Miss P and Mr Q from numbers 5 and 11 weren’t dreaming of gardens at all.
The gifted amateur appears to sail effortlessly through the preparation. If they feel any pressure, they do not mention it; their silence is unnerving. Lesser mortals spend at least six months repeatedly checking the weather forecast, planning, reading catalogues, heaving, fixing, digging, visiting garden centres and nurseries, growing, planting, trimming, tripping over seed trays in the spare room, cursing; six months of putting off weekend arrangements that might disrupt the Holy Garden Project. Aches and pains emerge in body parts people didn’t know they had, and rarely wanted to mention in public even when they did. With the lighter evenings comes weeks of eating late, of the world seemingly rushing by…while others carry on as though life were normal.
Primrose Moss visited her mother in Mudshire. Whilst there, she ‘borrowed’ some shrubs and planted them in her own garden. No one would notice – including her mum and especially her husband, Forest.
The Reverend Spray and his wife Lettice (a late bloomer) took stock of the vicarage garden and bought a job lot of concrete garden gnomes on eBay.
The S&M Ring counted confirmed entrants and printed leaflets.
Major Disaster maintained that no one had asked him if he and Daphne would open their garden; so they wouldn’t.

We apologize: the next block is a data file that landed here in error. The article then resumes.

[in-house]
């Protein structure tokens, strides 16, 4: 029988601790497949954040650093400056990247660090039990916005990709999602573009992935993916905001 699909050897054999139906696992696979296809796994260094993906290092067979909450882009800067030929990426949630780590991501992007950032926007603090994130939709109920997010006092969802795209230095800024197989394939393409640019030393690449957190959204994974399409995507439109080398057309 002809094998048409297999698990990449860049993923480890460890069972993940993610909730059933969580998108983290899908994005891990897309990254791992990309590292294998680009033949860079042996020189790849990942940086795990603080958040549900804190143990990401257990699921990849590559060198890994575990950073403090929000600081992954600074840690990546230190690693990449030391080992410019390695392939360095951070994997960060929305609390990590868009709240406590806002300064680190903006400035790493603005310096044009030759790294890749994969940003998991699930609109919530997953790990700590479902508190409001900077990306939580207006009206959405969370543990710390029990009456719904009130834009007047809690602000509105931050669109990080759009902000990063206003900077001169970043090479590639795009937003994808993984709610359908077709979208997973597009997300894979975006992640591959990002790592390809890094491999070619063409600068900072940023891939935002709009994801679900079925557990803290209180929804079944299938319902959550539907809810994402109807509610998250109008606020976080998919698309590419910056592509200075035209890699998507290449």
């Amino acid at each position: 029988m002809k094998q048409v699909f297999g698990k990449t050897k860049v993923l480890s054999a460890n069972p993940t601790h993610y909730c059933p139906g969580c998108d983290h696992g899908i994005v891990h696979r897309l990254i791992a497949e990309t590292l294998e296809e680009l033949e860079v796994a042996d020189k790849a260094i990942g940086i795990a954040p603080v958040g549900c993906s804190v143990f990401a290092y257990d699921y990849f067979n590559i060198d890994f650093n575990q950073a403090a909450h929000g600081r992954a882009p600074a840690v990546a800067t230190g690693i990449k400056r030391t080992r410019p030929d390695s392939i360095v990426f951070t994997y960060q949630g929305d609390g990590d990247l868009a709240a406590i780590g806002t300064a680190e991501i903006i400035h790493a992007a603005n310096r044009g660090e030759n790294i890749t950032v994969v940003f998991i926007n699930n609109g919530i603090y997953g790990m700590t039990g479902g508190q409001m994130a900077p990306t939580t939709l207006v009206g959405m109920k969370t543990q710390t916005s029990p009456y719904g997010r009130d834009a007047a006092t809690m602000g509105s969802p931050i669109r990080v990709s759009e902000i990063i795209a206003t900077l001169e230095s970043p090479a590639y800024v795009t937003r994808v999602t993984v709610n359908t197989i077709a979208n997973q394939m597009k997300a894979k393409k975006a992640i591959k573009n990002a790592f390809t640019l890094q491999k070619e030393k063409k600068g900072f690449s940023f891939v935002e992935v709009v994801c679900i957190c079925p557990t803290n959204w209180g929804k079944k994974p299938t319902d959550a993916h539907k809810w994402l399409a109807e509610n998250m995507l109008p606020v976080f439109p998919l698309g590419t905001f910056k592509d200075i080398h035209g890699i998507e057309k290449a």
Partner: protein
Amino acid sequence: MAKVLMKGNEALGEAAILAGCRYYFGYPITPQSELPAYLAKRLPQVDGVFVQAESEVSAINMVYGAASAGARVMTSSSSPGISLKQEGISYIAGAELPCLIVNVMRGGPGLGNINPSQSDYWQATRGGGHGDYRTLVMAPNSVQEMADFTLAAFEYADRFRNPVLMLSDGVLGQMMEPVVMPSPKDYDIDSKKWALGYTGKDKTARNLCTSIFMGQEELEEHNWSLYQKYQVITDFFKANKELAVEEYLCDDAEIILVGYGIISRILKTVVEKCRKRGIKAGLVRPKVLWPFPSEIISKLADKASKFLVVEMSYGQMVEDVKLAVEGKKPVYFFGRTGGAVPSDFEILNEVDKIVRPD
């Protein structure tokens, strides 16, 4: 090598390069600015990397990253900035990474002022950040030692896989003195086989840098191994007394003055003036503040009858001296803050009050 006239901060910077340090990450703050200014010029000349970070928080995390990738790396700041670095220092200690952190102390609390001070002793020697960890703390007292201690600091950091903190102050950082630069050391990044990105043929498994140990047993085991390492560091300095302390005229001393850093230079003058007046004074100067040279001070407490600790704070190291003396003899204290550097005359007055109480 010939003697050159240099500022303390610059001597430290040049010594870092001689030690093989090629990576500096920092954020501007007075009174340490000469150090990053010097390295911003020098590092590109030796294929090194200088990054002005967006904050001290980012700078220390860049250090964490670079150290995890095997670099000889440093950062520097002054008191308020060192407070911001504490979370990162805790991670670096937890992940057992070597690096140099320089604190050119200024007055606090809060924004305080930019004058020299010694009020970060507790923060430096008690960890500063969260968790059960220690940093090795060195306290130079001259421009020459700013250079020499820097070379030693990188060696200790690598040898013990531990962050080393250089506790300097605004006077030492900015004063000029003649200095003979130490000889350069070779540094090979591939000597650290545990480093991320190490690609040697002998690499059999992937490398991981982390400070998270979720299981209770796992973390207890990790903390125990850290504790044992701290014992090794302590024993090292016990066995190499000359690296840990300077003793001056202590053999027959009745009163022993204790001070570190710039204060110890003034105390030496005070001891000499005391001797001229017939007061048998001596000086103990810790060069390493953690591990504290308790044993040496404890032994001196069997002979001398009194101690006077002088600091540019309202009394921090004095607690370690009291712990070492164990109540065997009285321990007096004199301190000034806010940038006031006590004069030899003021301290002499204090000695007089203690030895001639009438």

Tension mounts as the Big Day approaches. The late frosts have resulted in devastating losses and damage. Entrants publicly console each other.
Down at the Olde Ruptured Duck, Doc Nettle leans against the bar, nursing his third pint of wallop. Hyacinth Sweetpea had been in, complaining of suffering convolvulus. Roger Ragwort had slashes and burns.
At night, when the neighbours were safely tucked up with their Horlicks (except for Miss P and Mr Q from numbers 5 and 11, who were safely tucked up with each other), Primrose Moss crept to her car and unloaded the large azalea and well advanced alpines and border plants she’d spent a small fortune on at the nursery in the next county, where nobody knew her.
Hyacinth Sweetpea, Pansy Pepper, Old Fagus Maple, the Ragworts, Willows, Erica Bloom, Primrose Moss, Rev and Mrs Spray (and many others) all looked at each others’ gardens before the grand opening. They not only saw some beautiful gardens, but also experienced Nether Bottom from different perspectives – including Numbers 5 and 11. Then the public came from far and wide and everyone had a Jolly Good Day being nice – even Forsythia Ragwort.
Regrettably, there are no surviving photographs of Nether Bottom’s memorable Open Garden Day. Instead, I have permission to use shots taken of the successful Open Garden event held in the small Yorkshire village of Burton in Lonsdale in June 2015 and organised by their garden group, Pals with Trowels.
Checkout the UK National Directory of Open Gardens for events on their database.